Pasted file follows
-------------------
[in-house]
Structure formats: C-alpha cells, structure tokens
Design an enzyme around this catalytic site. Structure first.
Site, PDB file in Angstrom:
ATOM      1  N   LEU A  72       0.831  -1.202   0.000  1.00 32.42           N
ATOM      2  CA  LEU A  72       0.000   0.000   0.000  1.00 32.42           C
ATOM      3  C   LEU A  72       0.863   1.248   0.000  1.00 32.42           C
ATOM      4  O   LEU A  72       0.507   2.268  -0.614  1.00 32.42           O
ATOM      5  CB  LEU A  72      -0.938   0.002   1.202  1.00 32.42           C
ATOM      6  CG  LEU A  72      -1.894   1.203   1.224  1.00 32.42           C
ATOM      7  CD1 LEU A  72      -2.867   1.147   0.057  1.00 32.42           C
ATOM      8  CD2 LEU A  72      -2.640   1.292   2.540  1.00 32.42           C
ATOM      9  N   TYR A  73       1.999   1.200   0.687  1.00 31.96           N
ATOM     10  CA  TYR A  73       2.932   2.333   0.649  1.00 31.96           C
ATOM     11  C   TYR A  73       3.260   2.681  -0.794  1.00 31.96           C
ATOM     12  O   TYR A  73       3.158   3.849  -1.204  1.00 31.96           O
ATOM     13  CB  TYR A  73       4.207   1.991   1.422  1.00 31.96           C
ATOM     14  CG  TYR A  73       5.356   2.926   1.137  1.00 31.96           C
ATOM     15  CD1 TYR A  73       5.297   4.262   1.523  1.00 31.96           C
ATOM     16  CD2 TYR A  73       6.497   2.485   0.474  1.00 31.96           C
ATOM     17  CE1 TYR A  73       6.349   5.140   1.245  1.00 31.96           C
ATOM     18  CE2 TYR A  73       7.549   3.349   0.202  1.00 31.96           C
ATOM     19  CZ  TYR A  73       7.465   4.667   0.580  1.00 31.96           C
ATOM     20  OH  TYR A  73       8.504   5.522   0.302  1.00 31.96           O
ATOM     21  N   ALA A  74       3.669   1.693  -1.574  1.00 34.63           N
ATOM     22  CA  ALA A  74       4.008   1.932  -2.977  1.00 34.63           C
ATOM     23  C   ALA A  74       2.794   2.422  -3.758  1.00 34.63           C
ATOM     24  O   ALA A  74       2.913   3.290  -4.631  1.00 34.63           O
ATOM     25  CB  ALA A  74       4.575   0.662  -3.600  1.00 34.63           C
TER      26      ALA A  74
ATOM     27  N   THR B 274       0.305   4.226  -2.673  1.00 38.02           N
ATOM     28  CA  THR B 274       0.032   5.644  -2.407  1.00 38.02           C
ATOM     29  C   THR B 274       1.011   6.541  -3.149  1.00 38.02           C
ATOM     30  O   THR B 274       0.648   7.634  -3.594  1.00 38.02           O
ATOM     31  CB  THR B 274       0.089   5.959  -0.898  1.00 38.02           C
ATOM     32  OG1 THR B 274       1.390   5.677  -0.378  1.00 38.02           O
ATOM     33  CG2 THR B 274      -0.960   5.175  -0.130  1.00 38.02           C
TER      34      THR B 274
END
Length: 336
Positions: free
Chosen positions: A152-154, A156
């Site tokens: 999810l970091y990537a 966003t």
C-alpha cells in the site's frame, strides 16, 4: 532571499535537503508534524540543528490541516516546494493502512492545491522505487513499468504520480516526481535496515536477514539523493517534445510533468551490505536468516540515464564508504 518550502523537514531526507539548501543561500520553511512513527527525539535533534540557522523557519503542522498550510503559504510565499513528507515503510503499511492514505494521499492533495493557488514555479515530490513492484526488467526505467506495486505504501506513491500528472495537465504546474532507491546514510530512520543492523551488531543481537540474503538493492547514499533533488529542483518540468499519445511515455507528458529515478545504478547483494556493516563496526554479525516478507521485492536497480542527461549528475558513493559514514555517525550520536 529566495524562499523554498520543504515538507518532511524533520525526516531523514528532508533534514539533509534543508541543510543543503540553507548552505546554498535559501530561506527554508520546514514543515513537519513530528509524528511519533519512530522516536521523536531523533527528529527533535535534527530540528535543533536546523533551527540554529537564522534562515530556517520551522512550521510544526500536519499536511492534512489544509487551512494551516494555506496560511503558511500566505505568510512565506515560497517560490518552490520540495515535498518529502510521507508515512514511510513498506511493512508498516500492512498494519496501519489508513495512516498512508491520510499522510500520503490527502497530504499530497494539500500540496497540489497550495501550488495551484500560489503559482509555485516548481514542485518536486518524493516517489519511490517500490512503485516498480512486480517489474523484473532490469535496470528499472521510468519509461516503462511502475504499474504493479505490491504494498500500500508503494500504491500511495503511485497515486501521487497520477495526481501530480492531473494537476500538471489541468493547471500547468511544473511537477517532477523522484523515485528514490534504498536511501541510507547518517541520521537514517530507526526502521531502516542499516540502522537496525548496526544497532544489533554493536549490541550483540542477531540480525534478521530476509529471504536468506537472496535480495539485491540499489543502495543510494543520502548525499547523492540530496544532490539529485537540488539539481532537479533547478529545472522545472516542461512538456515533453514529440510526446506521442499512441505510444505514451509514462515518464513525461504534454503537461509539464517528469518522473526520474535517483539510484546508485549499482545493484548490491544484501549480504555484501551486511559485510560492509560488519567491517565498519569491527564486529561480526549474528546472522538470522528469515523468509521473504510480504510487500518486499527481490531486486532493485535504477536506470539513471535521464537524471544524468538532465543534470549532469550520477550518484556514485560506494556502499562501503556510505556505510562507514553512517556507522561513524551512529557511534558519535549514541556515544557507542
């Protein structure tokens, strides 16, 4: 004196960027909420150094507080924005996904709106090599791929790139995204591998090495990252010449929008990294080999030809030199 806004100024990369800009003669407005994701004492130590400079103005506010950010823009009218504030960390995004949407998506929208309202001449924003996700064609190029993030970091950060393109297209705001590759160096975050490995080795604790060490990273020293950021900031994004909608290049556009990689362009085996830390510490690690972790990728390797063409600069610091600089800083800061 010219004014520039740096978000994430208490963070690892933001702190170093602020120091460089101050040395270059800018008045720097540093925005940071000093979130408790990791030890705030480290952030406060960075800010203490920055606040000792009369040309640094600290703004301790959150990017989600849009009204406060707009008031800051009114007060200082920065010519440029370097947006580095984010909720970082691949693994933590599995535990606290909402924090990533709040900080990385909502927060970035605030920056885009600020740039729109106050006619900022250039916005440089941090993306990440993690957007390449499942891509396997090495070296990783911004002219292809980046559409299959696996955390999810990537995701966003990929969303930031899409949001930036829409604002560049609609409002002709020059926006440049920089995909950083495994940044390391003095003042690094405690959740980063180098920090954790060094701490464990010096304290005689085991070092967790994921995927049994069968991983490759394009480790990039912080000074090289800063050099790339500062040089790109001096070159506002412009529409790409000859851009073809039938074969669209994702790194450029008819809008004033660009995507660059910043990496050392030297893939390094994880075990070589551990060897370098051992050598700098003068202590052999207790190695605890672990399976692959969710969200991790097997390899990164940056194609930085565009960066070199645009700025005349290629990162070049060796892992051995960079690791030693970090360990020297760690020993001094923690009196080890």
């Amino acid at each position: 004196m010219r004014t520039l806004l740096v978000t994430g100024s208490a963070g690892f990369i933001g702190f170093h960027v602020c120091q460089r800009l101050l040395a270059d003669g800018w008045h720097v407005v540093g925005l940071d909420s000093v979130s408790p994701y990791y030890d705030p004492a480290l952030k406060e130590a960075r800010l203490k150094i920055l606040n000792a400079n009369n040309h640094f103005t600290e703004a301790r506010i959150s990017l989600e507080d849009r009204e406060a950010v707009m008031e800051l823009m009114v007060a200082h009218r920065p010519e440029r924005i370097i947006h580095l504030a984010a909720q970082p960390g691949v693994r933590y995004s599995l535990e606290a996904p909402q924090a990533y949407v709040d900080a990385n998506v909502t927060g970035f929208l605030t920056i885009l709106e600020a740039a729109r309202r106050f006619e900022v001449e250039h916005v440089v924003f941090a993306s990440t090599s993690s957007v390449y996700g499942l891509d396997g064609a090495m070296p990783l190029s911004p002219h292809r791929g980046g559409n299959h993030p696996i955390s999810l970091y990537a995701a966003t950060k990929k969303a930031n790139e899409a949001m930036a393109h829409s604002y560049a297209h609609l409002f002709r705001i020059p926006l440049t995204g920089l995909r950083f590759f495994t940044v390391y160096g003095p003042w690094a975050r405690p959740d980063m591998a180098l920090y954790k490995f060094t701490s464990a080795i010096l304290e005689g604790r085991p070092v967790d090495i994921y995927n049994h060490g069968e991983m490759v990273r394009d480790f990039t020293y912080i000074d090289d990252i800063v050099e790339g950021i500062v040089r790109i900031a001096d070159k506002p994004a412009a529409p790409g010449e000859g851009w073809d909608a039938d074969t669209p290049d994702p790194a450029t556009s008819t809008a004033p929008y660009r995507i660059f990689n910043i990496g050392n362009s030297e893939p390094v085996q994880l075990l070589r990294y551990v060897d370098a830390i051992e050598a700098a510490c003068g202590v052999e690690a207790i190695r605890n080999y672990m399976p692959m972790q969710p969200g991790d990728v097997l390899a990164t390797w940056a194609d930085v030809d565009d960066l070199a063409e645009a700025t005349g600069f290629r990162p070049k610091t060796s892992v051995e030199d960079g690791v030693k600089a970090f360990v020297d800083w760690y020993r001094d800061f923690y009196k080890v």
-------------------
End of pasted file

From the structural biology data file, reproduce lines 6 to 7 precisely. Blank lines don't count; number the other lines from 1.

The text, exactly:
ATOM      2  CA  LEU A  72       0.000   0.000   0.000  1.00 32.42           C
ATOM      3  C   LEU A  72       0.863   1.248   0.000  1.00 32.42           C